Mixing Cocaine With Alcohol
Cocaine is Dangerous – Adding Alcohol Can Be Deadly
Due to the socially stimulating nature of both cocaine and alcohol, the two drugs often go hand in hand. The National Institute on Drug Abuse has determined that 16.8% of people over 26 years old have used cocaine in their lifetime. Compare this to the 86.3% of people over 18 that have consumed alcohol in the last month and there is bound to be some overlap of people who have used both substances in conjunction.
To understand why these drugs are so often used together, it’s important to know how they affect their user.
The typical cocaine user can expect to experience the following effects:
- An intense, energetic, and talkative high
- Increased mental alertness
- Increased risk-taking
- Insomnia, anxiety, and paranoia
- Cravings for more as the drug wears off
Cocaine users feel its effects almost immediately after ingesting. It starts by providing the user with a rush of energy by flooding the brain with dopamine. Dopamine is a natural chemical messenger in the body that plays a big role in the brain’s ability to feel pleasure. Because of this chemical reaction, users often feel as though the drug helps them with productivity or their creative process. Regardless of the use of alcohol, users should seek treatment for cocaine addiction as soon as possible.
Side-effects of Alcohol
The typical alcohol user can expect to experience the following effects:
- Slowed reaction time and reflexes
- Loss of motor function
- Reduced inhibitions
- Slowed breathing rate and speech
- Confusion, anxiety, and restlessness
The body absorbs alcohol relatively quickly and induces the feelings mentioned above as well as euphoria and “numbness.” Alcohol is quick to absorb through the membranes of cells in the body and brain, so once it is in the bloodstream it spreads quickly. Around 20% of alcohol is absorbed through the stomach. Most of the remaining alcohol is absorbed through the small intestine.
A small amount of alcohol is also eliminated through the lungs, kidneys, and skin but it is mostly eliminated by the liver. Since the liver can only metabolize the equivalent of one drink at a time, the body may remain saturated with the alcohol that has not yet left the body.
Did you notice anything about the effects of these two drugs? Cocaine is what’s known as a stimulant while alcohol is what’s known as a depressant. People who already have issues with cocaine use may mix the drug with alcohol to reduce cocaine’s negative effects. Introducing a depressant, like alcohol, can lessen the anxiety-inducing effects of cocaine while also softening the effects of the cocaine “come down.”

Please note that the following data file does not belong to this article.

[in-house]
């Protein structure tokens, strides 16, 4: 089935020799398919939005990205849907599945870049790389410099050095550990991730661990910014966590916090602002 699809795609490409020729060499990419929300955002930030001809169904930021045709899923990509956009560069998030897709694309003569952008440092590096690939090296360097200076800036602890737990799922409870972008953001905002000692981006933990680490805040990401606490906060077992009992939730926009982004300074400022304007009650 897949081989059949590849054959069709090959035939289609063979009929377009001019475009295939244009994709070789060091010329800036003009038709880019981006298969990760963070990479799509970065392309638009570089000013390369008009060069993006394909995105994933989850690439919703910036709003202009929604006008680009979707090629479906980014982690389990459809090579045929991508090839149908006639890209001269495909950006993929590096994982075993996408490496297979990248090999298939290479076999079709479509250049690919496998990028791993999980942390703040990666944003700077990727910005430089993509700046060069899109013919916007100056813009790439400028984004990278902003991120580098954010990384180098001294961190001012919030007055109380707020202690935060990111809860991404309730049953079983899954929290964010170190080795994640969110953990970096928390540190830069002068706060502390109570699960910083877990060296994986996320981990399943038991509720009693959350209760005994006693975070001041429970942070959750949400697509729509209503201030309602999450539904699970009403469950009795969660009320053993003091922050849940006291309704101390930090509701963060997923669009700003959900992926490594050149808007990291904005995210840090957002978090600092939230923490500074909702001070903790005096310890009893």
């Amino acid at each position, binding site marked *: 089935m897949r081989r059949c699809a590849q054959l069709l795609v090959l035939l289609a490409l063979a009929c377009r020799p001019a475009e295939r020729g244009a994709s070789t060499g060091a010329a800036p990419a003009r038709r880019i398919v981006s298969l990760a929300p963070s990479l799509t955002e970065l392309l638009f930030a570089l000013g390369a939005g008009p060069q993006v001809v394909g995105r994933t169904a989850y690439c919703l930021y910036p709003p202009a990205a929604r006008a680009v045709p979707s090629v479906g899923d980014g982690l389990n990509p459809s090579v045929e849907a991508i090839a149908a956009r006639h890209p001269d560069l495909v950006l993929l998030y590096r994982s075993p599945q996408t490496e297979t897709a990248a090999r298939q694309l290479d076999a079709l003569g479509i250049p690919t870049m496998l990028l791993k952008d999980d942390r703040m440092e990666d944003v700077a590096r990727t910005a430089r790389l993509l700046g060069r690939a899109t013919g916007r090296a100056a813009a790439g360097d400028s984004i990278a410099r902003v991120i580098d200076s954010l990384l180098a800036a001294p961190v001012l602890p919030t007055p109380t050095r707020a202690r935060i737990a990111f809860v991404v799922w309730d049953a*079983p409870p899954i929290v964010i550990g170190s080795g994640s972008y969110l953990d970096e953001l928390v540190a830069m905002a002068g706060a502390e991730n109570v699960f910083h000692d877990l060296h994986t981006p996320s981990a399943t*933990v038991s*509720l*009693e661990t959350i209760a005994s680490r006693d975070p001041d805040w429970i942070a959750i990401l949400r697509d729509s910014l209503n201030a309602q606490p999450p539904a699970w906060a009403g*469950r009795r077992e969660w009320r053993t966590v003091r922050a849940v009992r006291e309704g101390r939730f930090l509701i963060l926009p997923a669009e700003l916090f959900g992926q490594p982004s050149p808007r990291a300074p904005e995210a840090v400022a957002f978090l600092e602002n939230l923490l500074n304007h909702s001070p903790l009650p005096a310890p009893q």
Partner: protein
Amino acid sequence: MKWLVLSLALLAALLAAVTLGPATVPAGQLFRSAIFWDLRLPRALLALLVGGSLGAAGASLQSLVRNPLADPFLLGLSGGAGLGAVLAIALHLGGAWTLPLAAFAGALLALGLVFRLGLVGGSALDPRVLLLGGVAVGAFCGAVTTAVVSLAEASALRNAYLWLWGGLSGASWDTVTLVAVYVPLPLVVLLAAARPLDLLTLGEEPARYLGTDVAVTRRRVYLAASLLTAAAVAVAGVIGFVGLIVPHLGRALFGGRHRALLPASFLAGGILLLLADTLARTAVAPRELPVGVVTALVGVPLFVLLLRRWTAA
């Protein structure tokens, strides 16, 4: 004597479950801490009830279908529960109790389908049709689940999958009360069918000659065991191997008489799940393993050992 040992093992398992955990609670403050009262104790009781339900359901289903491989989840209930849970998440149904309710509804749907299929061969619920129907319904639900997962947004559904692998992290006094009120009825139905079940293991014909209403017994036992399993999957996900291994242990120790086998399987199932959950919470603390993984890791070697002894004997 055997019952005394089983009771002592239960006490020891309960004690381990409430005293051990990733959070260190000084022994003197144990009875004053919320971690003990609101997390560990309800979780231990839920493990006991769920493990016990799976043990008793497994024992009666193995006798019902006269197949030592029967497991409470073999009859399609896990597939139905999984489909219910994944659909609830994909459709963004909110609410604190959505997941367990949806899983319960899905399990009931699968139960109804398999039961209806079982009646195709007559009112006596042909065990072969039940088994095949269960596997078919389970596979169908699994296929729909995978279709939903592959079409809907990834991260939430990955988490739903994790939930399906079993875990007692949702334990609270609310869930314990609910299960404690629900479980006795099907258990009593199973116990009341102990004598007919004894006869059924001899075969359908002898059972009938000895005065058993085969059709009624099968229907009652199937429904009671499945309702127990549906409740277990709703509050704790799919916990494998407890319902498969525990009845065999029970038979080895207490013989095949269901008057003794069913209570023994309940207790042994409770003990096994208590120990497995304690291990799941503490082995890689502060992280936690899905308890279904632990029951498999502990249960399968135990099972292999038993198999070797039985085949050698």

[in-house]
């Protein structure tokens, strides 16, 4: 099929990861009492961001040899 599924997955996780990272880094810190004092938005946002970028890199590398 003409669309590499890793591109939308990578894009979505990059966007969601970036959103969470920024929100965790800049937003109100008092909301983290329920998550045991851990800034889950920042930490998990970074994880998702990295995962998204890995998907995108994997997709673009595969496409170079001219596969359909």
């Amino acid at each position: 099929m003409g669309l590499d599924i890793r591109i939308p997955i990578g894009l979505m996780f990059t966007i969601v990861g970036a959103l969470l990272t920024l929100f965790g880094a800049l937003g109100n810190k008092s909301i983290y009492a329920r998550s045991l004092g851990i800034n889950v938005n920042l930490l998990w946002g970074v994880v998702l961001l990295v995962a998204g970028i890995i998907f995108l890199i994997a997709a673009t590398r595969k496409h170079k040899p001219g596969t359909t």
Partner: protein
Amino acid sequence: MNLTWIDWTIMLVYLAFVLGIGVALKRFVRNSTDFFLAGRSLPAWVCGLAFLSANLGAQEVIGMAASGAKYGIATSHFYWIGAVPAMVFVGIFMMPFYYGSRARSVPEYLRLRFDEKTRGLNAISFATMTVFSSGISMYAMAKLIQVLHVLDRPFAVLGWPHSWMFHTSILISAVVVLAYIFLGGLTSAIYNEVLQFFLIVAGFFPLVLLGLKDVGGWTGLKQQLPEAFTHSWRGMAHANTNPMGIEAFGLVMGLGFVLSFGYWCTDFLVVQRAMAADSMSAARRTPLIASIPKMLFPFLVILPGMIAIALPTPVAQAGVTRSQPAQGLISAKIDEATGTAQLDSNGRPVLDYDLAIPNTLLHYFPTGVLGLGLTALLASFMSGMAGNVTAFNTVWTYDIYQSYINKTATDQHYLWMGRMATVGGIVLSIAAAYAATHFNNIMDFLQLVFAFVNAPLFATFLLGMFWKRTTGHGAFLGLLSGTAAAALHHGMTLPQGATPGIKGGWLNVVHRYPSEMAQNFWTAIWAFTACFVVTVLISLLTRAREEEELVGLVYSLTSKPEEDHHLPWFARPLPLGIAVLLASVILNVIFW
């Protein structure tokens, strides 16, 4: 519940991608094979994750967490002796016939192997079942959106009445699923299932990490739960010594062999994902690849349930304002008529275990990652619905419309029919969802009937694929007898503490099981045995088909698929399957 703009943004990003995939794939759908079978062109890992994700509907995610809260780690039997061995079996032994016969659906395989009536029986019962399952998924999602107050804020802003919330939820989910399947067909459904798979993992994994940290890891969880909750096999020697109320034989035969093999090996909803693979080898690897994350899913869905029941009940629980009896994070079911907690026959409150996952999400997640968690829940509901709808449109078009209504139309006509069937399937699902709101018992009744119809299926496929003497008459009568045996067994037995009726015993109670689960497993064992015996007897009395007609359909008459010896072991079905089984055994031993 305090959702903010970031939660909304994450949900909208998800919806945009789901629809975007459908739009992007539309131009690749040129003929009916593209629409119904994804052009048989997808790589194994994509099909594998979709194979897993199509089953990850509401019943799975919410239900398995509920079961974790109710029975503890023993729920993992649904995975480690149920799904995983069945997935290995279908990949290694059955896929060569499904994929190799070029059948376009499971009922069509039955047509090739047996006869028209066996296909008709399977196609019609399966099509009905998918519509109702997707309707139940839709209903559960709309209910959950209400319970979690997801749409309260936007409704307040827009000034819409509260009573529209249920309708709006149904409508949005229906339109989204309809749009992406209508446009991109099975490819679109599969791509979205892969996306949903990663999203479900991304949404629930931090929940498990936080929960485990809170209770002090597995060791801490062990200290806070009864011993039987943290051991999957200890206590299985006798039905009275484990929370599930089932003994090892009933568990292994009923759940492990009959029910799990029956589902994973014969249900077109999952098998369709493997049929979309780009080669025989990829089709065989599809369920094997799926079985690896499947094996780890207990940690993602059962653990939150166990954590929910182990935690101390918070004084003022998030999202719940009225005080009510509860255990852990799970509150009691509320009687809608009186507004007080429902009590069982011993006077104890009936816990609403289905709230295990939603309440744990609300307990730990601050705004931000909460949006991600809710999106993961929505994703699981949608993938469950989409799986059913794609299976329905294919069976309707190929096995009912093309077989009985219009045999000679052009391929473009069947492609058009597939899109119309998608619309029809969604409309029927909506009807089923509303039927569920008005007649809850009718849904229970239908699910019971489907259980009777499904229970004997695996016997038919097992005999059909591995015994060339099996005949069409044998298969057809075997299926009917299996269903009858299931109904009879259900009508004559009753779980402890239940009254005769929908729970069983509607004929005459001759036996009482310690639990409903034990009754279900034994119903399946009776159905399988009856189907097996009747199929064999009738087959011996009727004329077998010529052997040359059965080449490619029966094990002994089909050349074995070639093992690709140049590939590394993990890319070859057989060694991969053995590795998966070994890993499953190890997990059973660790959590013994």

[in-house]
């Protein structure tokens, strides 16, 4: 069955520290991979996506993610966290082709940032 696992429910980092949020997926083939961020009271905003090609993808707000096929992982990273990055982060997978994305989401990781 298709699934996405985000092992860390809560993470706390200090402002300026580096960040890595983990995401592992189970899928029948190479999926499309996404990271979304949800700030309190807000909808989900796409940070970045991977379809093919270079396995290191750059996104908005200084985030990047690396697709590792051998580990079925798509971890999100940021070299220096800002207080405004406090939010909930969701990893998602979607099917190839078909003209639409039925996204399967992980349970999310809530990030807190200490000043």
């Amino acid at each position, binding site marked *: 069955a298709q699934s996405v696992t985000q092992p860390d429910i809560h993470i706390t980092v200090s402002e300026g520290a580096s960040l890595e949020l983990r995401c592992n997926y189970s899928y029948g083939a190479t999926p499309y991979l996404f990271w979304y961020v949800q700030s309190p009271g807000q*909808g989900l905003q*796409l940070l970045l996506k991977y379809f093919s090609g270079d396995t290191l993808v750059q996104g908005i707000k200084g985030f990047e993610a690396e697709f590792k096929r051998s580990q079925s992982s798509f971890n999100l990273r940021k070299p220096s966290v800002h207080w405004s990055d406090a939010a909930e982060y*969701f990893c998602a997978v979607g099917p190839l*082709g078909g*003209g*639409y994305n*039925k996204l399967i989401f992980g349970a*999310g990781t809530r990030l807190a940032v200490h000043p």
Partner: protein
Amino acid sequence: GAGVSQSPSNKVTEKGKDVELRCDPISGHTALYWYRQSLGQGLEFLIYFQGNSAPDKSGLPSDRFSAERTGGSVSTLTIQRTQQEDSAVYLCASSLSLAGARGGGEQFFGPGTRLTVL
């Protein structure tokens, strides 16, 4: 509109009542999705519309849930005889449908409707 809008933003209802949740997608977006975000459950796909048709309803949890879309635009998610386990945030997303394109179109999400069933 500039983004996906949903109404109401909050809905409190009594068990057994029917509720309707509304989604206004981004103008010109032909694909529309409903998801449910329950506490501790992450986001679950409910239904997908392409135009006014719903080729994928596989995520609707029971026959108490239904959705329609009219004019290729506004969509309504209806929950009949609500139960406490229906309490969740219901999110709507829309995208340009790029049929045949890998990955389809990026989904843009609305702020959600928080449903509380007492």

On the other side of the issue, people who engage in heavy alcohol consumption may use cocaine to gain an energetic boost and avoid passing out. Because of their social nature and their reputation as “party drugs”, there are many situations and reasons why cocaine and alcohol may be used together. It is important to know that these two drugs can form a cocktail that may prove deadly for its user.
The Dangers of Mixing Cocaine With Alcohol
When used on their own, both cocaine and alcohol can have devastating long-term and short-term consequences and can cause considerable damage to the brain and body. This can mean risking overdose in the short term and causing chronic health issues in the long term. When used together, the health dangers may increase.
Cocaine and alcohol are toxic substances that are harmful to the tissues of the body. They are removed from the bloodstream and metabolized in the liver to eliminate them from the body.
This process produces a byproduct called cocaethylene. It is assumed that cocaethylene develops in the liver as a result of the metabolism of cocaine being altered by the presence of alcohol. Researchers believe that cocaethylene is produced in the liver about 2 hours after the individual has used the two drugs. Researchers suggest that about 20% of the cocaine being metabolized by the liver is disrupted by alcohol, producing cocaethylene.
When the liver attempts to eliminate this byproduct, the alcohol in the system slows down the process, leaving about 20% of the cocaethylene remaining in the system. With frequent, prolonged use of both substances, cocaethylene can begin to build up in the body, causing major strain on the essential organ systems of the body, in particular the cardiovascular system and the liver itself.
Cocaethylene causes a temporary increase in the euphoric effects of both cocaine and alcohol. That being said, it also amplifies the negative effects of both drugs. The mix can cause tremendous strain on the cardiovascular system leading to increased blood pressure and labored breathing. It may also increase the body temperature of its user, causing intense sweating and eventual dehydration.